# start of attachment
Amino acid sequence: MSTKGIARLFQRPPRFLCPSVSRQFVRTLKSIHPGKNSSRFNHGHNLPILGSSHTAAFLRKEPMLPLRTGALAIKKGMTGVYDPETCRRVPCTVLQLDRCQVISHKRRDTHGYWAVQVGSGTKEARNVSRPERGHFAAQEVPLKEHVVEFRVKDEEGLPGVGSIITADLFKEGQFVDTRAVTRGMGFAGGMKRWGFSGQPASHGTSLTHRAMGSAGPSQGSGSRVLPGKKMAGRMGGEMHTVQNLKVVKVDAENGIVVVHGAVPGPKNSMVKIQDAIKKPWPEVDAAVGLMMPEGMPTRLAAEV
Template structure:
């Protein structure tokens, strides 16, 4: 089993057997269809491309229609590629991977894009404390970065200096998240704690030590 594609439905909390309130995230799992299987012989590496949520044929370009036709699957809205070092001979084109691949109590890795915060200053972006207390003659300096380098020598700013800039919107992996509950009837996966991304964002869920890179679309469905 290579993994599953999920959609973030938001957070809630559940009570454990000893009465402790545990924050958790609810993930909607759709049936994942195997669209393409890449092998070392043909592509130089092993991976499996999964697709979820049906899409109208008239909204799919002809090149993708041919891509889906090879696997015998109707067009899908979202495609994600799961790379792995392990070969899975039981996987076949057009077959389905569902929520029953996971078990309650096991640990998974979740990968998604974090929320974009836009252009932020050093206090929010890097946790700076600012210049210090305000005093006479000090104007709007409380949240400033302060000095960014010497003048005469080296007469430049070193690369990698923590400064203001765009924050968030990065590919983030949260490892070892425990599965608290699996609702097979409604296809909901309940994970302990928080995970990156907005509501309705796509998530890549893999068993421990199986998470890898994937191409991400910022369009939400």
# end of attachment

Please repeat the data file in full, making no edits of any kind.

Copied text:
Amino acid sequence: MSTKGIARLFQRPPRFLCPSVSRQFVRTLKSIHPGKNSSRFNHGHNLPILGSSHTAAFLRKEPMLPLRTGALAIKKGMTGVYDPETCRRVPCTVLQLDRCQVISHKRRDTHGYWAVQVGSGTKEARNVSRPERGHFAAQEVPLKEHVVEFRVKDEEGLPGVGSIITADLFKEGQFVDTRAVTRGMGFAGGMKRWGFSGQPASHGTSLTHRAMGSAGPSQGSGSRVLPGKKMAGRMGGEMHTVQNLKVVKVDAENGIVVVHGAVPGPKNSMVKIQDAIKKPWPEVDAAVGLMMPEGMPTRLAAEV
Template structure:
């Protein structure tokens, strides 16, 4: 089993057997269809491309229609590629991977894009404390970065200096998240704690030590 594609439905909390309130995230799992299987012989590496949520044929370009036709699957809205070092001979084109691949109590890795915060200053972006207390003659300096380098020598700013800039919107992996509950009837996966991304964002869920890179679309469905 290579993994599953999920959609973030938001957070809630559940009570454990000893009465402790545990924050958790609810993930909607759709049936994942195997669209393409890449092998070392043909592509130089092993991976499996999964697709979820049906899409109208008239909204799919002809090149993708041919891509889906090879696997015998109707067009899908979202495609994600799961790379792995392990070969899975039981996987076949057009077959389905569902929520029953996971078990309650096991640990998974979740990968998604974090929320974009836009252009932020050093206090929010890097946790700076600012210049210090305000005093006479000090104007709007409380949240400033302060000095960014010497003048005469080296007469430049070193690369990698923590400064203001765009924050968030990065590919983030949260490892070892425990599965608290699996609702097979409604296809909901309940994970302990928080995970990156907005509501309705796509998530890549893999068993421990199986998470890898994937191409991400910022369009939400």